In 41 years, RAGBRAI riders have covered 19,239 miles of Iowa roads. Some days it attracts more than 30,000 riders, but the roads are not crowded due to the staggered start times, stretching out the ribbon of riders over many miles. PHOTO BY BOB FRANK
In 41 years, RAGBRAI riders have covered 19,239 miles of Iowa roads. Some days it attracts more than 30,000 riders, but the roads are not crowded due to the staggered start times, stretching out the ribbon of riders over many miles. PHOTO BY BOB FRANK

During the 464-mile Register’s Annual Great Bicycle Ride Across Iowa in 1975, a dirty, distressed young woman approached the bicycle ride’s cofounder, John Karras. It was very hot, and she was sunburned, despite being slathered with suntan lotion. She hobbled toward Karras, limping, with one shoulder lower than the other. 

Thinking to himself, “My God, this woman should be in the hospital,” Karras got up to offer her his seat. 

“Are you John Karras?” she asked.

“Yes,” Karras answered, with some trepidation. 

“I just want you to know what a great time I’m having,” she said. “I hope you do this again next year.”

And he did, again and again, for 42 years and counting. RAGBRAI – the world’s largest, longest and oldest bicycle touring event – is part roving county fair and part Mardis Gras on wheels. 

The ride was launched as a lark in 1973 by two reporters from the Des Moines Register looking for a way to get their newspaper to pay for a bike ride they wanted to take from the Missouri River to the Mississippi River. The paper approved the idea as long as the intrepid cyclists agreed to invite readers to tag along. 

Everyone was surprised when some 250 cyclists showed up at the starting point. They had such a good time that the reporters agreed to organize the ride again the following year. Attendance jumped to 2,700 the second year and 4,000 the third year.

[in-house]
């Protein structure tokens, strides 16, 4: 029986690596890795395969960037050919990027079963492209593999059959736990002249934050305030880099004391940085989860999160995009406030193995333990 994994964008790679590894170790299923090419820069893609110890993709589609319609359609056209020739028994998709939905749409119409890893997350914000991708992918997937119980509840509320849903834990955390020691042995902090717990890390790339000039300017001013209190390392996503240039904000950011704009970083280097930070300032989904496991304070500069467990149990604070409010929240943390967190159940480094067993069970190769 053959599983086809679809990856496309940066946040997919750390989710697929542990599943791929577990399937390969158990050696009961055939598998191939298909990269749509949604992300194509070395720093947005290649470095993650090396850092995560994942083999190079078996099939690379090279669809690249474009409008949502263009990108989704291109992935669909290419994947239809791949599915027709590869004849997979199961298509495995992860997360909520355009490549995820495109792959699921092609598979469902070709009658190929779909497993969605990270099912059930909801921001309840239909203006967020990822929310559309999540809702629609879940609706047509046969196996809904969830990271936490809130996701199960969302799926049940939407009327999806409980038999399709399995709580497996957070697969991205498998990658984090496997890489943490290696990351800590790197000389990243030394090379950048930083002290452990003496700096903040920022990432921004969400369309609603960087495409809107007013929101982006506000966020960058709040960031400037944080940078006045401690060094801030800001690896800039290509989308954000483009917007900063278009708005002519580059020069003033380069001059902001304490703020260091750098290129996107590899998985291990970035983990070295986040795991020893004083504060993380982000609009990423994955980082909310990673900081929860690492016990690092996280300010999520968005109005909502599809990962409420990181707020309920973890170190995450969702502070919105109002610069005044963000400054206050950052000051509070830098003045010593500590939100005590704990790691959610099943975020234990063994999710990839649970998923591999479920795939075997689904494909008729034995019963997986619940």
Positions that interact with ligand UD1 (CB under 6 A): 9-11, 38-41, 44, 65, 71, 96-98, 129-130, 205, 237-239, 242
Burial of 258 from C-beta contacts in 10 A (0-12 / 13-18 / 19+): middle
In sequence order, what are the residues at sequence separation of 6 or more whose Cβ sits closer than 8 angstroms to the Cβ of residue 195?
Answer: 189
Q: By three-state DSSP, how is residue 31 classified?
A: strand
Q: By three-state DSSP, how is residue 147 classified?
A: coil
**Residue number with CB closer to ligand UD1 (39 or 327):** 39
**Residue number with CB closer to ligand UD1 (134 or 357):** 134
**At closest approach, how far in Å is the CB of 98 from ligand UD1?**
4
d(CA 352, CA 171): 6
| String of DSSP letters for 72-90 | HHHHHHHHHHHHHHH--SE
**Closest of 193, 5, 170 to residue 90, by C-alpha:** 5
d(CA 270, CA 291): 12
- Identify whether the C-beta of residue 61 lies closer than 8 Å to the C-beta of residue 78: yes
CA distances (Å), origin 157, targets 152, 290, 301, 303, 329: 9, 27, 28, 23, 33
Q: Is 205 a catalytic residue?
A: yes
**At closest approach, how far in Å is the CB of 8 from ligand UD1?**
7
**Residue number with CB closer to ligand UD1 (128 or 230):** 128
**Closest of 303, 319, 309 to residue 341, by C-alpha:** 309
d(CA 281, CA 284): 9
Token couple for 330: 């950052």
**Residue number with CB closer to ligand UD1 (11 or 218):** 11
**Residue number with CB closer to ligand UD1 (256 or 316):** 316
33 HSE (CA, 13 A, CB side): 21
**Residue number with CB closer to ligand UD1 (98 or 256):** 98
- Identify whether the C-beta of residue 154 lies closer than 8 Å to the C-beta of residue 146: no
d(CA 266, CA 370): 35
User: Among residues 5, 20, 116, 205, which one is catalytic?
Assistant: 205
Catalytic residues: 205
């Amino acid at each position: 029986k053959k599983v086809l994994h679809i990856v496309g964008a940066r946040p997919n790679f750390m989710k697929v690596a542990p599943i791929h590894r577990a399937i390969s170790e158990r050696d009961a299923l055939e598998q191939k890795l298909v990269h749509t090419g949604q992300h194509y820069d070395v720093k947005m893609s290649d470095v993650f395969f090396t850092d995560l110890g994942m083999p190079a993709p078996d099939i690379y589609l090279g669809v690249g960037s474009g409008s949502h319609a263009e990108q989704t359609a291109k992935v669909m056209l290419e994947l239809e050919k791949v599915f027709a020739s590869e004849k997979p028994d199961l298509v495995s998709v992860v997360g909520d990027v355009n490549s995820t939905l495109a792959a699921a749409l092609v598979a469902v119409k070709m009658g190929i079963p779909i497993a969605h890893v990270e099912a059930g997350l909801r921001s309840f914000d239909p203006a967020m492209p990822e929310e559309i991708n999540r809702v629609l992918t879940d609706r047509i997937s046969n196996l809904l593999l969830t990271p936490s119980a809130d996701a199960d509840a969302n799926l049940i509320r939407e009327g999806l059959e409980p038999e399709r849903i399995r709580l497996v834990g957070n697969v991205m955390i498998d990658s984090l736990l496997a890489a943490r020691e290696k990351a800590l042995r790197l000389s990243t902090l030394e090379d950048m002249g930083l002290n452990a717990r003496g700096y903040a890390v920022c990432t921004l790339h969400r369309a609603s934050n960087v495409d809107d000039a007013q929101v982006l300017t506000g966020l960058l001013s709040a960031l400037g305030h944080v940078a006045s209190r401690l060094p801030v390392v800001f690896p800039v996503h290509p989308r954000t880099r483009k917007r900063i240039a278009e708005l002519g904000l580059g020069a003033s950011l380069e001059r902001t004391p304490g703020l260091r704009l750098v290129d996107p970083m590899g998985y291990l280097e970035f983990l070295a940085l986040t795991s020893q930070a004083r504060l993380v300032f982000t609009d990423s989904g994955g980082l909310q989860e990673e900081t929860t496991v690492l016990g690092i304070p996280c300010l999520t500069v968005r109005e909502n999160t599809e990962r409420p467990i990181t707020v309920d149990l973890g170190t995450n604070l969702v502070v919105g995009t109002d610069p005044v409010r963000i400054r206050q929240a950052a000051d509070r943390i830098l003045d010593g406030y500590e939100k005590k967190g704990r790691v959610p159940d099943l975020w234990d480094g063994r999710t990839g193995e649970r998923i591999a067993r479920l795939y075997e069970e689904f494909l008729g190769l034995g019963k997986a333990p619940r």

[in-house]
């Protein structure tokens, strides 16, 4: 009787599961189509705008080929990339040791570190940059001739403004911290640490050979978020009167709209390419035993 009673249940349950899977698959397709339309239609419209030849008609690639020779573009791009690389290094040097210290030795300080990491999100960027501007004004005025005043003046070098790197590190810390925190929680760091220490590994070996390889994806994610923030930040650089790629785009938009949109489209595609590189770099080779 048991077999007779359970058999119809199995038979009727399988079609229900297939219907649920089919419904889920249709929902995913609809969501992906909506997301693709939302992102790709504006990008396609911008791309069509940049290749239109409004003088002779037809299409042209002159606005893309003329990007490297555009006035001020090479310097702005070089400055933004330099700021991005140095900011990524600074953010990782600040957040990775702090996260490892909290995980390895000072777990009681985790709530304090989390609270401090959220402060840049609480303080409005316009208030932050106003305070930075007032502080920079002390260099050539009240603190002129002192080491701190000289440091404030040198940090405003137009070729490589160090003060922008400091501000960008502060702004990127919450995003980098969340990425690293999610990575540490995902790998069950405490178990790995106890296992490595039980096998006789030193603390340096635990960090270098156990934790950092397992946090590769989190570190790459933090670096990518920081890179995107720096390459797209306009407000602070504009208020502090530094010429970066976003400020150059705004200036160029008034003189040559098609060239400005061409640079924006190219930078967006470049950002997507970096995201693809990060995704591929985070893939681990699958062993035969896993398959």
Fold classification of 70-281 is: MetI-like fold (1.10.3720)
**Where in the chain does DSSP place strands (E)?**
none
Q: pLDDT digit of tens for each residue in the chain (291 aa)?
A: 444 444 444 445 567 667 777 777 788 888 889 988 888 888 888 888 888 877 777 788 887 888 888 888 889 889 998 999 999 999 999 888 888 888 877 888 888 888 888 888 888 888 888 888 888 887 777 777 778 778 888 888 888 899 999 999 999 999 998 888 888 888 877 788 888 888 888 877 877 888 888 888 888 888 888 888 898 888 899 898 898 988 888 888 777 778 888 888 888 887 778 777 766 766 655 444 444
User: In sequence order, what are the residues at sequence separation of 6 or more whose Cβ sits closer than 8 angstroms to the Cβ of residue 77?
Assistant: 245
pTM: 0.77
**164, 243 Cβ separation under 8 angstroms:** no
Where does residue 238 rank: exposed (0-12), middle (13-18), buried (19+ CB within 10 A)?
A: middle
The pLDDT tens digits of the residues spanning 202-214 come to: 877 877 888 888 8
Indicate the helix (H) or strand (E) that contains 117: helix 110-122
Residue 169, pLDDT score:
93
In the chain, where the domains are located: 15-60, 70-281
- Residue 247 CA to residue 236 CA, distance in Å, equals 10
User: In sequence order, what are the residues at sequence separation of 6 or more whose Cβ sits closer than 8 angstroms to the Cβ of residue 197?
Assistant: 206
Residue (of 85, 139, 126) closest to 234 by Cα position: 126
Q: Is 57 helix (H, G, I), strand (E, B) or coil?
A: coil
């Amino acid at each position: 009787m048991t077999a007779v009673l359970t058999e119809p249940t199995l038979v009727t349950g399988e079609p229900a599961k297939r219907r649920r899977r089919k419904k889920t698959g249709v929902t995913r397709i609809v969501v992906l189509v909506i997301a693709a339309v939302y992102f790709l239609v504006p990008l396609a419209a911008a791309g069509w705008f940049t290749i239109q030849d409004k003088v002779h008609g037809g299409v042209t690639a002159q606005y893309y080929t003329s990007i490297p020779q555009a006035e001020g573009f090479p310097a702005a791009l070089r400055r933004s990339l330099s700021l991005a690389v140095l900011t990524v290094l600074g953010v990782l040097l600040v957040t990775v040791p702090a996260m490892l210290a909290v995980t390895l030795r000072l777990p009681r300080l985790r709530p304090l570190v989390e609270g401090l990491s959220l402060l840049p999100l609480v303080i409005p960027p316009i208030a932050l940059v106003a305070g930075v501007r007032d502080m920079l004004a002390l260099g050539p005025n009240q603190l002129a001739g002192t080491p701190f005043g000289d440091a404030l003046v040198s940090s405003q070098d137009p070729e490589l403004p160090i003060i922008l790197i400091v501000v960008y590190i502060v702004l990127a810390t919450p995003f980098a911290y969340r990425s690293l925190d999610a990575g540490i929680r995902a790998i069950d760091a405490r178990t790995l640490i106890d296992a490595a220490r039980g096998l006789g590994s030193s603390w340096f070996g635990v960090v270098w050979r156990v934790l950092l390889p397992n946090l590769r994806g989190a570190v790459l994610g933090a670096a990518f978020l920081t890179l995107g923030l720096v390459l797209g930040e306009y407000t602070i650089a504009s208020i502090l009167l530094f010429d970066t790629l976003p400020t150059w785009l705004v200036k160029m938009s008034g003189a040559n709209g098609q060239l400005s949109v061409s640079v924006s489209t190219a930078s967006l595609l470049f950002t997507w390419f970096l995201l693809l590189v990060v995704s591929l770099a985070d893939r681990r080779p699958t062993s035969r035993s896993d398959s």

In those early years, riders wondered how long the Register would continue RAGBRAI. Today, the popular ride is likely to outlive the newspaper. Although RAGBRAI is capped at 10,000 registrants, more than 30,000 riders have participated on some days.

Secrets to success
What made the ride catch on? Several factors, including good timing. In 1973, there was a boom in sales of lightweight, multispeed bicycles across the U.S. Proud owners of sleek new ten speeds were looking for ways to test their skills and stamina. At the same time, the country was in the throes of the OPEC oil embargo and a newfound environmental awareness, both of which encouraged people to bike. 

These cyclists discovered that Iowa is a good state to bike across. It is surprisingly hilly, but there are no mountains or desserts to worry about. And Iowa’s historical settlement created a state with thousands of small towns that serve as excellent rest stops, and 99 large county seats that serve as excellent overnight stops. This allows the organizers to create a different route every year, which assures statewide buy-in. RAGBRAI has cycled through every county and 780 communities, most of them multiple times. Meanwhile, 200 towns are on a list of communities vying for the opportunity to host the next ride.

In addition, because Iowa is such an agricultural state (with about 98 percent of the land farmed), the state maintains an extensive system of secondary farm-to-market highways. These roads make for great cycling.